How transparent are China’s cities?

Back in January, we reported the findings of a Sino-US report on environmental transparency in China’s cities. The second Pollution Information Transparency Index – compiled by Beijing’s Institute of Public and Environmental Affairs (IPE) and the US-based Natural Resources Defense Council (NRDC) – showed that small advances had been made in the year 2009 to 2010, but that data disclosure was still below acceptable levels.

Now, an English version of the report has been released, so non-Chinese speakers who want to delve into the detailed findings, which cover 113 cities across the country, can do so. (Download the English version here and the original Chinese version here).

It is worth taking a close look at the study, not least for the interesting geographical patterns it reveals. The compilers surveyed the cities’ performance in eight areas, including their records of violations of pollution laws, environmental complaints and environmental impact assessments, and awarded each marks out of 100. The average score was 36 points (compared to a “pass mark” of 60) – but the results were far from even. As chinadialogue’s Meng Si wrote in January:

“The average score for 2009-2010 is five points higher than the previous year, demonstrating an overall advance. But the progress is not evenly distributed, and growing divergence between different geographical areas is visible thanks to an increased lead for cities on the southern and eastern coasts. As the report explains, when the average score is looked at by province, ‘Shanghai, Fujian, Zhejiang, Jiangsu and Guangdong are in the lead, while those in central and western China – Guizhou, Inner Mongolia, Jiangxi, Jilin and Gansu – are at the bottom.’”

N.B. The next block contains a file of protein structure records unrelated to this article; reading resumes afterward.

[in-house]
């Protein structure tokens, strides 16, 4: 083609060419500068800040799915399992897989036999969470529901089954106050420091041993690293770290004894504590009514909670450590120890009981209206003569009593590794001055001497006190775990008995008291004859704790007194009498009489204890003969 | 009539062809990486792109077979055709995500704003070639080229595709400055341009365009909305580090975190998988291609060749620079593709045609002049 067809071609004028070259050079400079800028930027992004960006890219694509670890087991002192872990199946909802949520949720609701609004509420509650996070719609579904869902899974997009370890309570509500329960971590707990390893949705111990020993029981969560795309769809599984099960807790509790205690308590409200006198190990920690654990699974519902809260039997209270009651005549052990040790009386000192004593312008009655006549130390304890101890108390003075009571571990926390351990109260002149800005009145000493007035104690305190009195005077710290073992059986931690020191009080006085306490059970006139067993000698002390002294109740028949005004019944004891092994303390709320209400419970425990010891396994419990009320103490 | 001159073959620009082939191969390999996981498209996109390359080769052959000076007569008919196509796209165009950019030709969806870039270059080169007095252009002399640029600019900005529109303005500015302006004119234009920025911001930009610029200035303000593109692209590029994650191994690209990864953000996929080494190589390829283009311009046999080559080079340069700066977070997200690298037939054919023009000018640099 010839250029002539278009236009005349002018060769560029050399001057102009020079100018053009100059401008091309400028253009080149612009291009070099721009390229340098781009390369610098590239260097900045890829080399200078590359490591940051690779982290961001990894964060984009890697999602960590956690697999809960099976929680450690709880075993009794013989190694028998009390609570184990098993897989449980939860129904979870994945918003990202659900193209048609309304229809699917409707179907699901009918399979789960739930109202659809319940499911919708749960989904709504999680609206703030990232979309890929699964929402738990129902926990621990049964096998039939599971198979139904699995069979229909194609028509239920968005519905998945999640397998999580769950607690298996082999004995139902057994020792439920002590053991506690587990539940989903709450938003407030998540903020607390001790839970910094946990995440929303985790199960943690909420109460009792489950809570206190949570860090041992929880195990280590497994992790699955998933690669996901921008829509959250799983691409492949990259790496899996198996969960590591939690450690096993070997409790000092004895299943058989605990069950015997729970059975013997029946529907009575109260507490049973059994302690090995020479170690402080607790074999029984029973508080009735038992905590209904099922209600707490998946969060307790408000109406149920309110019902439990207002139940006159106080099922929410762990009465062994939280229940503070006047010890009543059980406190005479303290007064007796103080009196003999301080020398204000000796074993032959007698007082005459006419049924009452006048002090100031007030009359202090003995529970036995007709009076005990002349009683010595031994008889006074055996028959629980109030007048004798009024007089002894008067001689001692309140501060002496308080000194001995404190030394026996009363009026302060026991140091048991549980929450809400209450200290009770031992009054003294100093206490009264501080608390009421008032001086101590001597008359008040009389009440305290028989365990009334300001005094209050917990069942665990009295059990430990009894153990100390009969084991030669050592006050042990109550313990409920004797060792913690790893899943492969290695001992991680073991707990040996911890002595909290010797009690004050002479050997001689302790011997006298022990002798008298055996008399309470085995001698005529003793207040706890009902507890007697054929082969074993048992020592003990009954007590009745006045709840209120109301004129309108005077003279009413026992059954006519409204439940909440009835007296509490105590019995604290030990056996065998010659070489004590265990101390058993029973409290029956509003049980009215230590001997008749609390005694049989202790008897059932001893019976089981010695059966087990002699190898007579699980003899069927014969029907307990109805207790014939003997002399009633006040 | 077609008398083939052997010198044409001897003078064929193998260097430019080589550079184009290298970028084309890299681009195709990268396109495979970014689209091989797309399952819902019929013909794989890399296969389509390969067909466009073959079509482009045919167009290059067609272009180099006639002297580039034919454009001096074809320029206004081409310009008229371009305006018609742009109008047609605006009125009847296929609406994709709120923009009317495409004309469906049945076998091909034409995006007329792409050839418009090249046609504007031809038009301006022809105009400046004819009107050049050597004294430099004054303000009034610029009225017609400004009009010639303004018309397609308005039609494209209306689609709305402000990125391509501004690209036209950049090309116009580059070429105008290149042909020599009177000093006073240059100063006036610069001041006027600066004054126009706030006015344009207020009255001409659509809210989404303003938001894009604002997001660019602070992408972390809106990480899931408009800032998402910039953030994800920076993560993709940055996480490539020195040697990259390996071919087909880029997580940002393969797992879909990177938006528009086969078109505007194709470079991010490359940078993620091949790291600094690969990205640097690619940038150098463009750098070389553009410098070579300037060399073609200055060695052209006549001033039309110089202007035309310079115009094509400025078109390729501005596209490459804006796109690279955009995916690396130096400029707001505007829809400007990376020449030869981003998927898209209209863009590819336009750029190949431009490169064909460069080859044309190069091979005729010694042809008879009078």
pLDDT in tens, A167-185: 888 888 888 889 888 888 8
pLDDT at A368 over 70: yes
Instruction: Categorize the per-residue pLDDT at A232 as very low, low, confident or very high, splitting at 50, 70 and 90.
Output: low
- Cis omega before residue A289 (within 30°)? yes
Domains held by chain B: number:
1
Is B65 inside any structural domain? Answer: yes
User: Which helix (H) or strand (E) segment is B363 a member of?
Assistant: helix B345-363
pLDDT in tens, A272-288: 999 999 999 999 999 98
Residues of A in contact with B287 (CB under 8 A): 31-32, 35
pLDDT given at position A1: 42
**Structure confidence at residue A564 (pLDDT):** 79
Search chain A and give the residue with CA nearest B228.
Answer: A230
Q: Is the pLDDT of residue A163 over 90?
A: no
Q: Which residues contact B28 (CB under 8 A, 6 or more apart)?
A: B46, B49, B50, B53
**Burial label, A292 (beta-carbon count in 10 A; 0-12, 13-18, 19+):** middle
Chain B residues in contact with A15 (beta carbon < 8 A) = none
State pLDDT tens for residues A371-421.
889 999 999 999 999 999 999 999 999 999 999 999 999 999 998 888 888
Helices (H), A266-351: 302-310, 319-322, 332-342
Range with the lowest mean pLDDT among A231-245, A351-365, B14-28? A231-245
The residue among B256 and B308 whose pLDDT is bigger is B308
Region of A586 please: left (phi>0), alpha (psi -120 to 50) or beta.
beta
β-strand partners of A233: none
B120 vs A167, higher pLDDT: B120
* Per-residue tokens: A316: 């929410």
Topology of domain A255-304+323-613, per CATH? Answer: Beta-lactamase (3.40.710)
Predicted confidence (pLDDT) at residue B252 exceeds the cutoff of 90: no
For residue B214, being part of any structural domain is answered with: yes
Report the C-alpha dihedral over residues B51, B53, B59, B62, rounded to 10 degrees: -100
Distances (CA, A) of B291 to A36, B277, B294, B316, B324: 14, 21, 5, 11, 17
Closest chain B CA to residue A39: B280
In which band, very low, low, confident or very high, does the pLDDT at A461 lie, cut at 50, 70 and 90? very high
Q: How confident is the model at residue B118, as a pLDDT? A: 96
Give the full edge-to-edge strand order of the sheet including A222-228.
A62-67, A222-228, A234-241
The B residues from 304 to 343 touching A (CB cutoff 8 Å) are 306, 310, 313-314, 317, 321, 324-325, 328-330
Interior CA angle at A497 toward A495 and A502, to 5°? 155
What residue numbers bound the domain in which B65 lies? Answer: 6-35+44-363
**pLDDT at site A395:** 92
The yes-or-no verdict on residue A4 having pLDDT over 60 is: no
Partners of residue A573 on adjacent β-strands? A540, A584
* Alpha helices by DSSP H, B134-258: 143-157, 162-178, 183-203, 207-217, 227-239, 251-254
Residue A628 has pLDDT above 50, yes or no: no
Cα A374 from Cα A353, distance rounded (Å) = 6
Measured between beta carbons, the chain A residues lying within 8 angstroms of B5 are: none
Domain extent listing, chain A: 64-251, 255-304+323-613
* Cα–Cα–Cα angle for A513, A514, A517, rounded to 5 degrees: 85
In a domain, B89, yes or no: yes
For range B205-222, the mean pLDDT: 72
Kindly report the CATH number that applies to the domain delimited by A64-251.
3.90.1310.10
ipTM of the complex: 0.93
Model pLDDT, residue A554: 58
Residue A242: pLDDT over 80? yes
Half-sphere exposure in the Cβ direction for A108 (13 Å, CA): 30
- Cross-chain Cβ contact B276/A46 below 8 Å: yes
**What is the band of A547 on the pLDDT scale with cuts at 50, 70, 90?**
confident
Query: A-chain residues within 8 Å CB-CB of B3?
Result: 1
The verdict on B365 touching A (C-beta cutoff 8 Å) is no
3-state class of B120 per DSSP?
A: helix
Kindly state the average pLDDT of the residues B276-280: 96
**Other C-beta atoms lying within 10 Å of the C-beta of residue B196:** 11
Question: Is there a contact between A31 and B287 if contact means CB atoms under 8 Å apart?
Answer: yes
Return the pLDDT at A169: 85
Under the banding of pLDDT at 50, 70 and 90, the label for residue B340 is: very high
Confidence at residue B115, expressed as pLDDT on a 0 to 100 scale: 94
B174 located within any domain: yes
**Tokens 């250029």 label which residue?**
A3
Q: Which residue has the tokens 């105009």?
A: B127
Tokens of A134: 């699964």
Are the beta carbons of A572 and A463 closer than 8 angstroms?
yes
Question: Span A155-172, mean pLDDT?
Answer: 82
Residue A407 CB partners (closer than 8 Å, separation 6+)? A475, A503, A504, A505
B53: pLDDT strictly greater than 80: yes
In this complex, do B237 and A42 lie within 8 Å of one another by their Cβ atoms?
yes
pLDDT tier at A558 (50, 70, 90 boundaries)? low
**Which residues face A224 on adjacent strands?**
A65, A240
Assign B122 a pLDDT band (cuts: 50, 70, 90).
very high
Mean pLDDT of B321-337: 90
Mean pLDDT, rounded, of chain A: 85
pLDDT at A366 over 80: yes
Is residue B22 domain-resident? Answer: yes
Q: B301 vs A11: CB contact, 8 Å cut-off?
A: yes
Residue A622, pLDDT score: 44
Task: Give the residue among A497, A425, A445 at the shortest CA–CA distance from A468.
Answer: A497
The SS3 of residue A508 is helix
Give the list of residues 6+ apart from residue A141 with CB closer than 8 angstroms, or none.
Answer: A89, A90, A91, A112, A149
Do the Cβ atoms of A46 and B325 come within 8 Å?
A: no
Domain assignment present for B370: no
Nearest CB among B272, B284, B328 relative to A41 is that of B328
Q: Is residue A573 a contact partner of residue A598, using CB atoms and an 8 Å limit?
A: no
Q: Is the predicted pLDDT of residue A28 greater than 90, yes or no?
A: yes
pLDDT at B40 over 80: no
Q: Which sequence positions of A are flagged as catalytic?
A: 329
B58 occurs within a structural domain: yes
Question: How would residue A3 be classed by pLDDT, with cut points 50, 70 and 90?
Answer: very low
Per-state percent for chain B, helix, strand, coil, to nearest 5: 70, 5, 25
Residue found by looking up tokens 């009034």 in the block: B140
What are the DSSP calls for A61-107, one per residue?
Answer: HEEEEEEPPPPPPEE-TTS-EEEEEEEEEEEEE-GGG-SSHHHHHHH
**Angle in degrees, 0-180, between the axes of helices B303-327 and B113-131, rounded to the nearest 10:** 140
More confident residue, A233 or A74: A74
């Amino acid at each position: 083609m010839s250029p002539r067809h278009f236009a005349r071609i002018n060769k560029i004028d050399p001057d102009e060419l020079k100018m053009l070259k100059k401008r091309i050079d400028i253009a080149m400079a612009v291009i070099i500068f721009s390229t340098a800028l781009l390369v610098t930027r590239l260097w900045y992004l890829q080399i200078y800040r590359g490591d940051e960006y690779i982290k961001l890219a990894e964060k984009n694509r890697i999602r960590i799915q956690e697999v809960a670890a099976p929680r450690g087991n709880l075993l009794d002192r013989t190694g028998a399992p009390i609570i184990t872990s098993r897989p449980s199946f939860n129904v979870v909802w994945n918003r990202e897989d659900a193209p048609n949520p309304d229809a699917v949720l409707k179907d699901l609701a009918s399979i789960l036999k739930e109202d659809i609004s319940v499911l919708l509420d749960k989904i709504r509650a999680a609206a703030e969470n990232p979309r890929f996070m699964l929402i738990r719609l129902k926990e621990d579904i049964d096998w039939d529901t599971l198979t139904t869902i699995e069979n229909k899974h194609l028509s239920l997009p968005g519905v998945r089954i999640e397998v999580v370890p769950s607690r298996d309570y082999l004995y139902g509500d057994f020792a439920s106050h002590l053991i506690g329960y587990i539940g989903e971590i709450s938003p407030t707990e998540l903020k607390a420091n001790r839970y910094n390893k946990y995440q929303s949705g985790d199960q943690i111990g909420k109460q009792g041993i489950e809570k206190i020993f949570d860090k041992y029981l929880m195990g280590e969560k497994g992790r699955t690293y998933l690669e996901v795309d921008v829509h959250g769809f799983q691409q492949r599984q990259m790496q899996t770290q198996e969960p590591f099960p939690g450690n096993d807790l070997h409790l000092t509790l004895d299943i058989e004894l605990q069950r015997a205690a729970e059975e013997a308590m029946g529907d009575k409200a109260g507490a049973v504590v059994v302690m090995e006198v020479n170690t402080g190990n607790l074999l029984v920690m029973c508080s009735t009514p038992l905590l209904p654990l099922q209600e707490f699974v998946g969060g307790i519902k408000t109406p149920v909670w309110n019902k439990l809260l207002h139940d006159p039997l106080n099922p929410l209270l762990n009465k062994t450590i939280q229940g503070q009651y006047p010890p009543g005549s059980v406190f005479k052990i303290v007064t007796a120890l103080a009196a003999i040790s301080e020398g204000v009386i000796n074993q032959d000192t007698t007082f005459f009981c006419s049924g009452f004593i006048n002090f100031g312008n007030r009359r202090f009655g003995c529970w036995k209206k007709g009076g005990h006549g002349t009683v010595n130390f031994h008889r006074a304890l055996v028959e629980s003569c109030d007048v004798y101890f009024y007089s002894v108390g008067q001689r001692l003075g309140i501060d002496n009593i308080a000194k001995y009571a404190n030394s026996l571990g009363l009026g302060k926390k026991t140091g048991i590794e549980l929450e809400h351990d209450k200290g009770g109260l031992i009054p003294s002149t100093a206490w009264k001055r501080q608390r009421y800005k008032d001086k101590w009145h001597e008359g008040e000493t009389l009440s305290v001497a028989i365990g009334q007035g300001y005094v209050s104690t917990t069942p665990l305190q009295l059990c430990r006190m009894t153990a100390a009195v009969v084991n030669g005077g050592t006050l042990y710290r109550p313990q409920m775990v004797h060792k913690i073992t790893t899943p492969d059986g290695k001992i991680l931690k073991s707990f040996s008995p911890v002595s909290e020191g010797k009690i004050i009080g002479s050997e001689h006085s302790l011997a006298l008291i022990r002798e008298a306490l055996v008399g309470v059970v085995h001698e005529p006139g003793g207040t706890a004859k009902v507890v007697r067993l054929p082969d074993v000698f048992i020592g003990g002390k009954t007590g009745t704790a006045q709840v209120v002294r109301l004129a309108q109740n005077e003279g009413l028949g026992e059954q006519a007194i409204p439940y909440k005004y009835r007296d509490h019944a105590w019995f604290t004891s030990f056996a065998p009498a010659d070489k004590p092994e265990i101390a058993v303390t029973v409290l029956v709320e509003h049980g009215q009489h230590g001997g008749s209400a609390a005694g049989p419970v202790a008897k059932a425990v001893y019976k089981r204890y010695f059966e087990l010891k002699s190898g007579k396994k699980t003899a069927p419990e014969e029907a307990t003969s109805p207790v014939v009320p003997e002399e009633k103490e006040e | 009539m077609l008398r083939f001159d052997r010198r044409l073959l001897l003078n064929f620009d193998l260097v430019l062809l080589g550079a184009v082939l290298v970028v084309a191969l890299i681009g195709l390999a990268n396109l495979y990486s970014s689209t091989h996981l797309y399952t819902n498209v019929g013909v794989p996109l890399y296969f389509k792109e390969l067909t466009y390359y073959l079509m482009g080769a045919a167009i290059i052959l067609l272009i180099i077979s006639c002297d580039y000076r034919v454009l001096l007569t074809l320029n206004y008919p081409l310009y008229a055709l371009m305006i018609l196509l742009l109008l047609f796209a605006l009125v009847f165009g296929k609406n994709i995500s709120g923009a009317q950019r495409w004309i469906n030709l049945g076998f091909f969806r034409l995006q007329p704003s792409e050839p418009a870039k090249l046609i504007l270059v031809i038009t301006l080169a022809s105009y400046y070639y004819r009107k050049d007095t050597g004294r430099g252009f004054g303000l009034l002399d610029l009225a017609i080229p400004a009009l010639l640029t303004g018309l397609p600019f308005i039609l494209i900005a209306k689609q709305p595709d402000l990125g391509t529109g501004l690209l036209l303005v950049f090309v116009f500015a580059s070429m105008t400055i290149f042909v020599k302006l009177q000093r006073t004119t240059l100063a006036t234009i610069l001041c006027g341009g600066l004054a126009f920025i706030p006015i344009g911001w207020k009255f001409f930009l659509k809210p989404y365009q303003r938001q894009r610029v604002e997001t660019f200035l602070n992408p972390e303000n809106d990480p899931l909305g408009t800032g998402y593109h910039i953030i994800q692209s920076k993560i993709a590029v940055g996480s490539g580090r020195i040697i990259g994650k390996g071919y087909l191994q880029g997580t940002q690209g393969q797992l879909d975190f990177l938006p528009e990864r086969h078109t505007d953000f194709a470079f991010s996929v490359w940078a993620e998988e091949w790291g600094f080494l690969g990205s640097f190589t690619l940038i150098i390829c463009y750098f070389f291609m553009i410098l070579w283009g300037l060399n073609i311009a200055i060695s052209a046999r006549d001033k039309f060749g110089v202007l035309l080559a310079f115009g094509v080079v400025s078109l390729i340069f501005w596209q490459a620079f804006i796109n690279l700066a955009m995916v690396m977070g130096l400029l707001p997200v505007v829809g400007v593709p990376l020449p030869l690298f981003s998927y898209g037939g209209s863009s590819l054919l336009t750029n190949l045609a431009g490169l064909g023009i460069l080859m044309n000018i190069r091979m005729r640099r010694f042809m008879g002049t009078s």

The 10 cities to show the biggest improvement over the year and the 10 with the biggest decline are also highlighted.

The report looks at the provision of data on pollution within these cities rather than actual pollution levels. But, as IPE director Ma Jun has frequently said on the pages of chinadialogue, tackling China’s environmental problems requires citizen engagement – which in turn requires transparency. Speaking at a chinadialogue event in the Houses of Parliament in London on Monday, Ma reiterated this position in clear terms: “Without access to information, we can’t have any meaningful public participation,” he said.